The Twins on Tuesday night got in the mix of a reported 3-team blockbuster trade that will send Red Sox superstar Mookie Betts to the Dodgers, and has Minnesota exchanging a promising young arm for pitching staff stability.
Kenta Maeda will be the newest member of the Twins when the deal is completed. Pitching prospect Brusdar Graterol will pack his equipment bag and head east on Daniels Parkway in Fort Myers, Florida, after being traded from the Twins to the Red Sox.
I considered sticking to the standard format, 5 thoughts, for this column. Instead, this piece presents 5 hot takes on the deal from the perspective of the Twins.
Maeda has pitched 4 seasons with the Dodgers, an average of 147 innings per year, and an MLB career 3.87 ERA. Here are the 4-year averages for the soon-to-be-32-year-old:
Strikeout rate: 26.4%
Walk rate: 7.3%
He throws with his right hand and he uses both his fastball and his slider for about one-third of his offerings, per Brooks Baseball. After that he goes to the changeup and he’ll show a curveball. Maeda’s changeup got its most extensive MLB work in 2019, jumping from about 15% of all his pitches to a little more than 23%. His average fastball velocity is 92 mph, and knock 8 mph off that for his slider, which was his best pitch in 2019, according to value metrics.
Not for nothing, Maeda has pitched for a great team in each of his 4 seasons in the Majors, which means he’s got a healthy dose of postseason experience. He started 3 postseason games in his rookie year, 2016, and since then he’s been a force out of the postseason bullpen for the Dodgers: 22 innings, 4 earned runs (1.64 ERA), with 27 strikeouts, 5 walks and only 1 home run allowed. (And that lone home run came in the 2017 World Series in Houston against the Astros, who were later caught cheating.)
The replacement level on the Twins’ was likely some mix of bullpen and starting arms, a young and unproven starter, or veteran bounceback candidate Jhoulys Chacin. One of those starting options could have been the guy he’s replacing on the roster, Brusdar Graterol, even if the Twins hinted that they’d use Graterol in relief. So that’s the heart of this deal, for me: this trade is less about the Twins opting for the highest ceiling imaginable on the pitching staff, but rather the highest floor. Maeda raises the level of that floor by being a proven, reliable pitcher with a healthy arm and a pretty good track record.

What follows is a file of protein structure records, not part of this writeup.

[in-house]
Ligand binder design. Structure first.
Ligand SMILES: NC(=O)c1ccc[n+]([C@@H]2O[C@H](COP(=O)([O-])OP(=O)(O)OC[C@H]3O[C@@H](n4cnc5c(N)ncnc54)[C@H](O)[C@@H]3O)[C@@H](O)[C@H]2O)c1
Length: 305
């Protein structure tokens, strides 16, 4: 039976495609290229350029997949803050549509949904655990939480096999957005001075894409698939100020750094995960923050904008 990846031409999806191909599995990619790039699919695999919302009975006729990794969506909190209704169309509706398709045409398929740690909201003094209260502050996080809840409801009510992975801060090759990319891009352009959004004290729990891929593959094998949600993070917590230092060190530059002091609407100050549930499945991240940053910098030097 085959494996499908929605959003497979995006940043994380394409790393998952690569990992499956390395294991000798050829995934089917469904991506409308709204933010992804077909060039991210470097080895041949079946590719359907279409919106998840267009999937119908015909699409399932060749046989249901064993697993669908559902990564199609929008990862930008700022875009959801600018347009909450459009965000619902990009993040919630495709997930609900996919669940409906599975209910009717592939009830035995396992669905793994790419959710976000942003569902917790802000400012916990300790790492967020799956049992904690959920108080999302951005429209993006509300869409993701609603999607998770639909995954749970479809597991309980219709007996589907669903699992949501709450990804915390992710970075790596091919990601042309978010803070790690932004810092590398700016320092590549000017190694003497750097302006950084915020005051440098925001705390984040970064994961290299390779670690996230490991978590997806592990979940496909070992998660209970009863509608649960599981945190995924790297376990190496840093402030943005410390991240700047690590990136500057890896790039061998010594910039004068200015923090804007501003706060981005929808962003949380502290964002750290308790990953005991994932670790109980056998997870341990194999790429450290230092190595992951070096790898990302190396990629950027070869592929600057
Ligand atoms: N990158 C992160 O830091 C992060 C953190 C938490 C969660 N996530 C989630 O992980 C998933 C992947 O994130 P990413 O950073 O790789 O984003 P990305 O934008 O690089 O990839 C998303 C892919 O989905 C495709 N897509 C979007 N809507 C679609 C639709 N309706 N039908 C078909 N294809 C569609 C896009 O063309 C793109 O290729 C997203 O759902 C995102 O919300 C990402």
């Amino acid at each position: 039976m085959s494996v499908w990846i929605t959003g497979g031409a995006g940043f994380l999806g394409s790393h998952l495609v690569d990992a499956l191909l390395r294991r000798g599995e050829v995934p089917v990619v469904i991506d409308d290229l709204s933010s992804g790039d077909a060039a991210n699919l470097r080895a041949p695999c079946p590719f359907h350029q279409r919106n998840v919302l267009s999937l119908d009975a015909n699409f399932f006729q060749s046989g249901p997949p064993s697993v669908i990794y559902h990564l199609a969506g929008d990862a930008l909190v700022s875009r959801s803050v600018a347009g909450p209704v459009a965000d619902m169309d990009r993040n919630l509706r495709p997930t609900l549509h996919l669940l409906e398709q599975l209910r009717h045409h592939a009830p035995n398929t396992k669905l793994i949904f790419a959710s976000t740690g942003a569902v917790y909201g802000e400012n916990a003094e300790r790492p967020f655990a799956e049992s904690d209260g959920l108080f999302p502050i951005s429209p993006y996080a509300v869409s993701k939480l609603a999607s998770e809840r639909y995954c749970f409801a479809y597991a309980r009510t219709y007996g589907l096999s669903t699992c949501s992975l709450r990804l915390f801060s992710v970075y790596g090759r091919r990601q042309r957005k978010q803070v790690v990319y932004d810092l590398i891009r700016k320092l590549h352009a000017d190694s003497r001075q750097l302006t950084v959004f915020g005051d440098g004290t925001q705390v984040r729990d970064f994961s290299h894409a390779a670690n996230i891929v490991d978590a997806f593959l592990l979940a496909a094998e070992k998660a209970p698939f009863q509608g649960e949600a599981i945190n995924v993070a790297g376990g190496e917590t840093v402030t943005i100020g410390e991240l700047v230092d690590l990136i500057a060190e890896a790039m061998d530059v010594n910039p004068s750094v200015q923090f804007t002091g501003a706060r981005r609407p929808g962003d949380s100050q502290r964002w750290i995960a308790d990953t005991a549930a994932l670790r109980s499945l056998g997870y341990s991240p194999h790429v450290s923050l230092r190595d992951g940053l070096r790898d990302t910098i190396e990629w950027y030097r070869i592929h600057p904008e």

Over the next 4 years of Maeda’s contract, he’s set to earn a total of $12 million, as part of an 8-year, $25 million agreement. He’ll earn $3.125 million per season on the deal, which would pay him through his age-35 season, at which point he could become a free agent if that’s what he wants to do.
So the Twins basically are trading 6 seasons of whatever the future holds for Graterol, in exchange for the next 4 seasons of a guy who projects to be something like a 4.00-ERA guy this year, all at the grand total of a $12 million salary. (What would the market have paid Maeda this winter if he had been a free agent? What would you have paid?)
And to be clear: Not every deal needs to be about money, at least not primarily. I would guess that if you’re a competing franchise in a multi-billion dollar industry you could afford to pay some pretty handsome salaries with an eye on winning a lot of baseball games. The upshot of ‘paying’ with the rights to a prospect in exchange for a good pitcher who doesn’t earn a lot of money is simple. It lets you take shots with other parts of your roster. Having a Kenta Maeda contract (and a Max Kepler contract, for that matter), allows you to pursue a Josh Donaldson. It allows you to sleep soundly after extending a one-year offer to Jake Odorizzi for nearly $18 million.
I think Maeda is underpaid and I think he solidifies the Twins as favorites to win the A.L. Central. I should add that I thought they were favorites before the trade, ever since they hired Josh Donaldson.